Silver Award in Cruise Story: Seven

By Pamela Mandel

I slumped back into my chair, overwhelmed. My seat at the window faced the stern, we were sliding past giant blue glaciers, their cracked faces a wall above the blue black mirror of the Lemaire Channel. I felt oddly sad, all of a sudden, like I might cry, though sad isn’t the right word at all. “What’s the matter?” asked my breakfast companion — she must have seen the shift of emotion on my face, in my body.

“This is the last continent,” I said. “I’ve been to all seven now.

“Charcot was an idiot,” said the doctor. We walked the icy slopes of Petermann Island. French explorer Charcot anchored on the wrong side of the island — the prevailing winds blew ice into the cove, forcing him to winter over. The other side of the island, where the Plancius — “my” ship – was anchored while we were ashore, was free and clear. I looked south at Charcot’s cove. A block of blue ice, vaguely reminiscent of a cowboy hat and the size of a modest house was shifting, gradually, towards the shore. The weather was bad that day, it was raining, hard. The island was a worn down slide of algae covered snow and muddy penguin guano, every now and then my boots would punch through the surface into a puddle of icy water. In two hours, I would be back on the ship. I would be wearing slippers and eating butternut squash soup, I would be uploading photos from my camera to my laptop. Charcot would probably have been listening to the ice crunch up against his ship (a sound I know now) and worrying. Charcot survived the winter — he died later in a shipwreck off the coast of Iceland, something I have no plans to do.

Lately, I consider my travels in historical context. It’s not that I am a great explorer, it’s that I like to put the significance of my travels in the context of those brave humans, those madmen — and in some cases women — who went off the map so they could find out what was there. I like to be taken down a notch or twelve when I think I’m doing something special and I like to keep in mind the absolute privilege I have in being able to — can you believe this — take a ship to Antarctica to see penguins and seals and the wild raw places where nature makes lunch out of all of us, should she be so inclined. Iced in with his crew, Charcot probably had hard tack and seal meat while on the other side of the island, I ate steamed rock cod with asparagus, in a delicate mustard sauce followed by a baked fruit tart and coffee with milk and sugar.

I live in modern times, for that I am grateful. Anyone who has the financial means can go to Antarctica, you need not be all that sturdy, even — many travelers to Antarctica are retirees, gripping the handrails as they wander about the halls of the ship, moving carefully up and down the gangplanks. Not all travelers to Antarctica are wealthy, either, — for example, an Australian couple I met told me how they’d saved for years in order to do this adventure, a lifetime ambition. This was their once in a lifetime experience. But once in a lifetime or no, a trip to Antarctica is achievable, for those with some means and the will to plan.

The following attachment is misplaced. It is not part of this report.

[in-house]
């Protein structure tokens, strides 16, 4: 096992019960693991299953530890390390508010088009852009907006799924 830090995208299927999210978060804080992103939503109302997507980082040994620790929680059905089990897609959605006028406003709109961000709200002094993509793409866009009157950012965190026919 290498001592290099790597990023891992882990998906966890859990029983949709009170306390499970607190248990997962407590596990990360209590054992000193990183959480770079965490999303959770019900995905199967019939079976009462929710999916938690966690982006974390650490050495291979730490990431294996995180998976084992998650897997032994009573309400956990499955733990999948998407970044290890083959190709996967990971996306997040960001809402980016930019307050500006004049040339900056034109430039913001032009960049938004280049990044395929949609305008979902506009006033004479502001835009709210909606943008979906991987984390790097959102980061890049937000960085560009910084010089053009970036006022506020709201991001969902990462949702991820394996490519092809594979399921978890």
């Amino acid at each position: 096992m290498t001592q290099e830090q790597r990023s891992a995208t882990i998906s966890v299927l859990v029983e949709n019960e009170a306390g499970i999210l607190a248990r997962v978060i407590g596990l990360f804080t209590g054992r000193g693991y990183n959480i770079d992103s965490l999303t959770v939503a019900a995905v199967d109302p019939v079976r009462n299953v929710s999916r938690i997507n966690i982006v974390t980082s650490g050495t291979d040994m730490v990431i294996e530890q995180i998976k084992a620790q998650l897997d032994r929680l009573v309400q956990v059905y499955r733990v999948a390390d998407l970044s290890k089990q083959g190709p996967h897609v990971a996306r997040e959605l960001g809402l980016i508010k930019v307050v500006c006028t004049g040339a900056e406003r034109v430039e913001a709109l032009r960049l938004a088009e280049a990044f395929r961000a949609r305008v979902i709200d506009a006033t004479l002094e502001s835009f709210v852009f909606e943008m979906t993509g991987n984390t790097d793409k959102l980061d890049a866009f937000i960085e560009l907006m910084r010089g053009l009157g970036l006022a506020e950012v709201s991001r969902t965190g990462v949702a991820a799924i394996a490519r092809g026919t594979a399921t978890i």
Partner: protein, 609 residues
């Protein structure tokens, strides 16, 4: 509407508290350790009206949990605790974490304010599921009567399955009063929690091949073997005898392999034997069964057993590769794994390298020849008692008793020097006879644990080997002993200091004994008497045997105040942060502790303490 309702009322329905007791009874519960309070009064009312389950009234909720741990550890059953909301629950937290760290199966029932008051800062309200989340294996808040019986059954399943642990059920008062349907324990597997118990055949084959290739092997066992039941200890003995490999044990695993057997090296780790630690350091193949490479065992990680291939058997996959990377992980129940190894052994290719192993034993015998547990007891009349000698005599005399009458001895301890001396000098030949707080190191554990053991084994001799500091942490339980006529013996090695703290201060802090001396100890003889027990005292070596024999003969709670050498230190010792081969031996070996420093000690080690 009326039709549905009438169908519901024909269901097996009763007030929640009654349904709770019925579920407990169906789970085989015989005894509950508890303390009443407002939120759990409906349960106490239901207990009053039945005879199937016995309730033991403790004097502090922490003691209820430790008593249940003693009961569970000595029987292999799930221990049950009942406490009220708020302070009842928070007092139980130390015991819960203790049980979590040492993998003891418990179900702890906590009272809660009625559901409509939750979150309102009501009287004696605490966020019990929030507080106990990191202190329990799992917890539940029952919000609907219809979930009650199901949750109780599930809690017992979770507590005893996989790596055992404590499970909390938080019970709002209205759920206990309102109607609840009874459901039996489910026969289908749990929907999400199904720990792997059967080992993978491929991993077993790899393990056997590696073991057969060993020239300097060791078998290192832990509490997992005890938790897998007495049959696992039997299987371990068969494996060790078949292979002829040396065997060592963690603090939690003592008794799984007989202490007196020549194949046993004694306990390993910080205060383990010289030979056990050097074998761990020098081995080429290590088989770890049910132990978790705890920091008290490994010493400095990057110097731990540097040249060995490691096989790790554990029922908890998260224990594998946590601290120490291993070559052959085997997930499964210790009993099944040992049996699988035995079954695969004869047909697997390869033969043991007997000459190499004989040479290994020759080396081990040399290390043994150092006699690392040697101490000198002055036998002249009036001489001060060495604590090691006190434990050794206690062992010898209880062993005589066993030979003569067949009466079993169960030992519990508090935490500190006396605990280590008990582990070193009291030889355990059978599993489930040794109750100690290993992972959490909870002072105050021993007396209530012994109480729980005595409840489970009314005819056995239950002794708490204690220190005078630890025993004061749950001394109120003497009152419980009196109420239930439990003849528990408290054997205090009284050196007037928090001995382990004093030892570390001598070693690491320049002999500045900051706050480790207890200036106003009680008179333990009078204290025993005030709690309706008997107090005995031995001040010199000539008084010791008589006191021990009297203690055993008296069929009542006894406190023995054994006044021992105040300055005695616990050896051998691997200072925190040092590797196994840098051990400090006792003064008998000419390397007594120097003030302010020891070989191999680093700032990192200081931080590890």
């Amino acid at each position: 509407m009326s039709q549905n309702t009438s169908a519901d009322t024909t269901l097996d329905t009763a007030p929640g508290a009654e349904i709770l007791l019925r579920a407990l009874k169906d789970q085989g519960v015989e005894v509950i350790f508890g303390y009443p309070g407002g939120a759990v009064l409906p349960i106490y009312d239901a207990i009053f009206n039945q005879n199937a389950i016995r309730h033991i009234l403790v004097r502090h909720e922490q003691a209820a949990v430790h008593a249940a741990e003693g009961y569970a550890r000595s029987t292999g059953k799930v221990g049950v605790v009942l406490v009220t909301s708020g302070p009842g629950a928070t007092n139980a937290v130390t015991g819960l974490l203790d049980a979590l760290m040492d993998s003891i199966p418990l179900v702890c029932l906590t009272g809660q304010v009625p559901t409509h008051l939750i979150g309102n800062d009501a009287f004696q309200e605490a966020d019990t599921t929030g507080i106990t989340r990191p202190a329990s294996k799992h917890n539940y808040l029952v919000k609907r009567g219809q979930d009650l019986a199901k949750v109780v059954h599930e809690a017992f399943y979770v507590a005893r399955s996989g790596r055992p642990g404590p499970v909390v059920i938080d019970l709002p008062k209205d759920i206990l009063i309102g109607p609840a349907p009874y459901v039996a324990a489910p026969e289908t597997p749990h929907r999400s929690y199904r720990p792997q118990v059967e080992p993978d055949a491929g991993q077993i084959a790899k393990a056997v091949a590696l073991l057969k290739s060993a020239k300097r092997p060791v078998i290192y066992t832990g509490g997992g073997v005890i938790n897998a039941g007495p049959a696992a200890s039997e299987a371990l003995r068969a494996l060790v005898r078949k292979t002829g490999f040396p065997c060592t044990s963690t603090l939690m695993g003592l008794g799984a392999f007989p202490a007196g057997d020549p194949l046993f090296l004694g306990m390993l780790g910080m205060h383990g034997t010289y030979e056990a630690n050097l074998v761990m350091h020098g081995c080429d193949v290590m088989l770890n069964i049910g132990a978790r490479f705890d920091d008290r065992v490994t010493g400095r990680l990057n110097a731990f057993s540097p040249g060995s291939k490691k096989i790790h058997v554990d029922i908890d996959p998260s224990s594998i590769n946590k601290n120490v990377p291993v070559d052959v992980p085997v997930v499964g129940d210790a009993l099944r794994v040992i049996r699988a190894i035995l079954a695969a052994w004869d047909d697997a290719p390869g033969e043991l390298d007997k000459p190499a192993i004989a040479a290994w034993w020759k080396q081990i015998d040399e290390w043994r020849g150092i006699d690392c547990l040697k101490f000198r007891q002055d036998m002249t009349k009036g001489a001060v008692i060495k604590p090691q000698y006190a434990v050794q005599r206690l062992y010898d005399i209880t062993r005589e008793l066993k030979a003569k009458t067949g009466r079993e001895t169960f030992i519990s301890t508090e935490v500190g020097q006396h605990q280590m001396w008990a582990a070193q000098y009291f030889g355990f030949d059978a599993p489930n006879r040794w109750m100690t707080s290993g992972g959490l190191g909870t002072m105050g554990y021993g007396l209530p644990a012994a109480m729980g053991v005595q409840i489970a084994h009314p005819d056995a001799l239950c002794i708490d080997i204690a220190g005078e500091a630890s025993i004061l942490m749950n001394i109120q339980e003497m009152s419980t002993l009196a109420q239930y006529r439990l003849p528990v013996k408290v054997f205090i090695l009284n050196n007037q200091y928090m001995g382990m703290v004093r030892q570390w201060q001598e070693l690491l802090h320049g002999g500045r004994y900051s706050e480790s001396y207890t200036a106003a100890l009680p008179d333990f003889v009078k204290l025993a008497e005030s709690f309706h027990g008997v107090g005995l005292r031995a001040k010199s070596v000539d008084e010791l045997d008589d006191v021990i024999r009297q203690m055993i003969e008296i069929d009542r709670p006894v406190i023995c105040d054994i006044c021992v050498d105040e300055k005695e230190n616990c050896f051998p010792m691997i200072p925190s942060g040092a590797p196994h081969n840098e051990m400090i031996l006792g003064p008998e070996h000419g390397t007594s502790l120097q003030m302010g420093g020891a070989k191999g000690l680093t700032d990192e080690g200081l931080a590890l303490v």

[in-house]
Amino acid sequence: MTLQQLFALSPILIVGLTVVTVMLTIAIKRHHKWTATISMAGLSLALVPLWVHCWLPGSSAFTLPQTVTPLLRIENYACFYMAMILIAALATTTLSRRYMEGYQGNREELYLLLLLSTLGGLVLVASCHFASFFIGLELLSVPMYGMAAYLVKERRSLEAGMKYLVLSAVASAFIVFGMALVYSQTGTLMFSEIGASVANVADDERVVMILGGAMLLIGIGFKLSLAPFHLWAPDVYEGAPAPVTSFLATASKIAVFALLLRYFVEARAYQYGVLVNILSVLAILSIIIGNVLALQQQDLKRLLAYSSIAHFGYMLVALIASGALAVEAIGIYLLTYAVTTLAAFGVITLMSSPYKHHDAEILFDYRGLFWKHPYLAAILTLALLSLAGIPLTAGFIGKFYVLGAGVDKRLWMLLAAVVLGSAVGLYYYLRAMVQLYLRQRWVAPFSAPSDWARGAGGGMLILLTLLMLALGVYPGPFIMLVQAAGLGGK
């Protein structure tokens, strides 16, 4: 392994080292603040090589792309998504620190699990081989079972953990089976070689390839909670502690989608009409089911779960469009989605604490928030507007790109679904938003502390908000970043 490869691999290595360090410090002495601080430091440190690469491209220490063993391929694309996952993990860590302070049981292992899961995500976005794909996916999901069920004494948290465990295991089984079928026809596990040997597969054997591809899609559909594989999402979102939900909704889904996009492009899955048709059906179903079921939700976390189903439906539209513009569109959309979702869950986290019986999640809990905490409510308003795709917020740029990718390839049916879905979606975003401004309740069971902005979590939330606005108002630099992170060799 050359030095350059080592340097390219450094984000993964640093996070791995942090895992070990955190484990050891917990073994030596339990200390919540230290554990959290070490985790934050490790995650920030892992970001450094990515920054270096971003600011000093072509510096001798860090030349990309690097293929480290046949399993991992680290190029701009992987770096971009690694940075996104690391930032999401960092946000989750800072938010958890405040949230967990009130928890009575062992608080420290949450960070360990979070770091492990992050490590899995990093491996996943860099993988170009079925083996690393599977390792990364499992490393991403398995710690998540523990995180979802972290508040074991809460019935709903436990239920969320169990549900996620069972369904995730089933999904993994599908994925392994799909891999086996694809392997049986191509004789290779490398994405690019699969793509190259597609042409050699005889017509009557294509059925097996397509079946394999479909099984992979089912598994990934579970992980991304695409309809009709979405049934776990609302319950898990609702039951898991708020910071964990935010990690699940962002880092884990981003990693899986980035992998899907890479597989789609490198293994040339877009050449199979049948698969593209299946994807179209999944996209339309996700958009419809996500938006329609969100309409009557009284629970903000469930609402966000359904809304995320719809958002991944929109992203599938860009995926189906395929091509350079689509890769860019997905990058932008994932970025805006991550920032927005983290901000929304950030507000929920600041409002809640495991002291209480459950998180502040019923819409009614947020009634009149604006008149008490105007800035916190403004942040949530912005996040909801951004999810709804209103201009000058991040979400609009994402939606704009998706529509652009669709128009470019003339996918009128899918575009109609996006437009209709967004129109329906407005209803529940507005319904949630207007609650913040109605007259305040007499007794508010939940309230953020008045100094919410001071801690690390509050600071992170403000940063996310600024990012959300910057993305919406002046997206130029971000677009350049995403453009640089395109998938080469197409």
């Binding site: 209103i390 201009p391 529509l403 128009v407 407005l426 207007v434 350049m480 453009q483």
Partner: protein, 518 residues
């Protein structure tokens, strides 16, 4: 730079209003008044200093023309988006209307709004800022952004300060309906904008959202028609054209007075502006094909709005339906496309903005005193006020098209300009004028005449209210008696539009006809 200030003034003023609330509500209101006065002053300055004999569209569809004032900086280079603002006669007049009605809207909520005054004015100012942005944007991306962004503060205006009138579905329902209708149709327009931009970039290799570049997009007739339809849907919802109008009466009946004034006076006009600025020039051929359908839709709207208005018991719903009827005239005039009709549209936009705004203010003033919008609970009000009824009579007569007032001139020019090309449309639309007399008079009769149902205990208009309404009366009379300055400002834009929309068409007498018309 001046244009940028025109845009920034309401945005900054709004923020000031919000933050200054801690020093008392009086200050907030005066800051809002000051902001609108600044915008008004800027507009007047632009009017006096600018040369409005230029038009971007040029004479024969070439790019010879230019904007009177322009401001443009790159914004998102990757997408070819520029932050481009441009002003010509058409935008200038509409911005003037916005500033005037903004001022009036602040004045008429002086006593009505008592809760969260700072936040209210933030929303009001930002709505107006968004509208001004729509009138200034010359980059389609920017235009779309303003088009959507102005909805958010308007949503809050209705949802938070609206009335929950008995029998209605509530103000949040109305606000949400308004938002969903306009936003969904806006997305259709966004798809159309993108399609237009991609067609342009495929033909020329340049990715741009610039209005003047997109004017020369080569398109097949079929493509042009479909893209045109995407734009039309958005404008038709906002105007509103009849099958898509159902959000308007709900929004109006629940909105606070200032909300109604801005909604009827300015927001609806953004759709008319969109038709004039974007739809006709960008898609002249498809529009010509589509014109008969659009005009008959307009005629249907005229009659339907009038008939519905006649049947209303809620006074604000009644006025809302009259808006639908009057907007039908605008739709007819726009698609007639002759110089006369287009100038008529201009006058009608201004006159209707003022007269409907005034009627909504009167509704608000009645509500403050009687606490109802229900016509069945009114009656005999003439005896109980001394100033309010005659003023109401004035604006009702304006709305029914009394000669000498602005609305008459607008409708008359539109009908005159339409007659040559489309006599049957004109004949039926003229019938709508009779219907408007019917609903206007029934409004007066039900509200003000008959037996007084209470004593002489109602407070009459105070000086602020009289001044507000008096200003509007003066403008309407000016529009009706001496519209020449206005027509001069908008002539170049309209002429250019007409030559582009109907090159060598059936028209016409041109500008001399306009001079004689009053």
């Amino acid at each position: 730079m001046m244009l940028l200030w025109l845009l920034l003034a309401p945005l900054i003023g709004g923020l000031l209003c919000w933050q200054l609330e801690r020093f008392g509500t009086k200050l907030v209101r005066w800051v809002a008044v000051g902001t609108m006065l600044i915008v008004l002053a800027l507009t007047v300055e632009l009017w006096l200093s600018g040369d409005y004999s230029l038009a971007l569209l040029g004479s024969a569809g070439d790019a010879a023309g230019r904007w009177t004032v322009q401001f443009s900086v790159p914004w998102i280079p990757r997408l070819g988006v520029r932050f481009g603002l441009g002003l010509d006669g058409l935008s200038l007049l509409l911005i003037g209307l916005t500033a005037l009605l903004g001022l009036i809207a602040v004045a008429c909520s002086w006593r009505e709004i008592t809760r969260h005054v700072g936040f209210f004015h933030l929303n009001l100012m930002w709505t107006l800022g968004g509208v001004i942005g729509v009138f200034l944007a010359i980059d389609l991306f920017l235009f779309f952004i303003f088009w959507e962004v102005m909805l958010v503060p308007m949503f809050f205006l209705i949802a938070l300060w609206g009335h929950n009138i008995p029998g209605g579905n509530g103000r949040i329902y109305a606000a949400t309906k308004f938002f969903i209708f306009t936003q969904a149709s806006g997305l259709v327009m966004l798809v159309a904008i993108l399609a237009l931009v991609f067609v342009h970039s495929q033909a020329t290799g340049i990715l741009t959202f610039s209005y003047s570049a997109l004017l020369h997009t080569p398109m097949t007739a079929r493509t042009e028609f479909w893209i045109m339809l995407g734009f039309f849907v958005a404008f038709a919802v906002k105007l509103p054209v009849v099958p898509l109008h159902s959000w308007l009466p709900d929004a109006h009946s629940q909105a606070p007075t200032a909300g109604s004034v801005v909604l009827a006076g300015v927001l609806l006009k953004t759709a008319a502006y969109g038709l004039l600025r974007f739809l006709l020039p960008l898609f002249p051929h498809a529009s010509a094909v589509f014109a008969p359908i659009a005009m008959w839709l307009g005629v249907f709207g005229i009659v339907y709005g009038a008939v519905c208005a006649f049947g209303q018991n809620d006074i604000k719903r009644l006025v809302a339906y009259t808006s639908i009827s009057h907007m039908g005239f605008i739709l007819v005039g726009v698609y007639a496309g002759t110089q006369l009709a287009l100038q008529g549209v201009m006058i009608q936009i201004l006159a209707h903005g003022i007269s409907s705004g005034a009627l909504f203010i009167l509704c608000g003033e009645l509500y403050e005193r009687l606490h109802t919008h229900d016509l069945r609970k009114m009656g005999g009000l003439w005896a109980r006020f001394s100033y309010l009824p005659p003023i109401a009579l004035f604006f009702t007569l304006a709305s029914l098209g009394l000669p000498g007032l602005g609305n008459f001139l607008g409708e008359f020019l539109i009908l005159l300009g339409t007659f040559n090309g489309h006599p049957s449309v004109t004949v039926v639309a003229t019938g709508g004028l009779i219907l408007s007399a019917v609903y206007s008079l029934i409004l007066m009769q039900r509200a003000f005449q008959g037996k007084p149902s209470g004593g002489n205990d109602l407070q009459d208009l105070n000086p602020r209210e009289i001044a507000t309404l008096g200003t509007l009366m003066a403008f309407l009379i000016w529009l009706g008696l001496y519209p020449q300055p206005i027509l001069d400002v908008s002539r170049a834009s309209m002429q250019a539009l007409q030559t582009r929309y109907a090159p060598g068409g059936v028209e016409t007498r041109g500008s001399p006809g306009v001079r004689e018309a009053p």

If, instead of being born to modern times when a bookish, slightly odd female can step foot on all seven continents without raising an eyebrow, I’d been born in, say, the age of exploration, my world would collapse upon me. To complete my travels, I’d require a past life as the child of missionaries or diplomats. Or a father involved in obscure botanical research for some institute, probably British, and later, back in London or Cambridge, there would be presentations in which I was not involved in any way. I am much luckier to be born curious and to a somewhat open globe, a time when the infrastructure exists in such a way that I can stand looking at Charcot’s badly chosen anchorage and a week or so later, sit on my couch in Seattle writing about it.

It was this sense of historical, geographical whiplash that had me gazing into the middle distance. In the collected lives of travelers, my existence, my adventures, are insignificant. I walked a mountain pass in the Himalayas. I rode a bicycle to see the Valley of the Kings in Egypt. I drove a car to Ayers Rock. I took a tour bus to see the temples of Angkor. I boarded a cruise ship to stand on the frozen ground of the seventh continent, Antarctica. I have accomplished so little — probably you know many people who have done exactly what I’ve done. But now, I hold this unique honor of having visited all seven continents. What times we live in that someone like me, with weak upper body strength and perpetually cold hands, can stand on all seven continents!

I travel in the footsteps of all the great explorers. Sitting on the ship, while my coffee got cold, I again imagined the long blue lines of the planet between where I sat and my home back in Seattle. I wrapped the lines the horizontal way, too, around the belt of the planet to Honolulu, Alice Springs, Saigon, Delhi. There are many places in the world I have not been — I would like to see the churches of Ethiopia, I would like to see elephants in the wild. But as I looked out the window at this last place, I imagined the great blue globe stretching away from our tiny ship floating at the bottom of the planet in the icy still water. I could picture the whole great planet in my mind, for just a moment, I thought I could sense the weight of us all, floating in space.

I pushed my toast away, I wasn’t hungry anymore. “I’ve been to all seven continents,” I said. And I looked out the window and tried not to cry.


Pam Mandel is a regular contributor to Conde Nast Traveler Online and Gadling. She?s written travel stories for Afar, World Hum, WGBH (Boston’s Public Radio Station), Lonely Planet, written guidebooks for Thomas Cook. But she’s a blogger first and has been writing about her travels at www.nerdseyeview.com since 1996.

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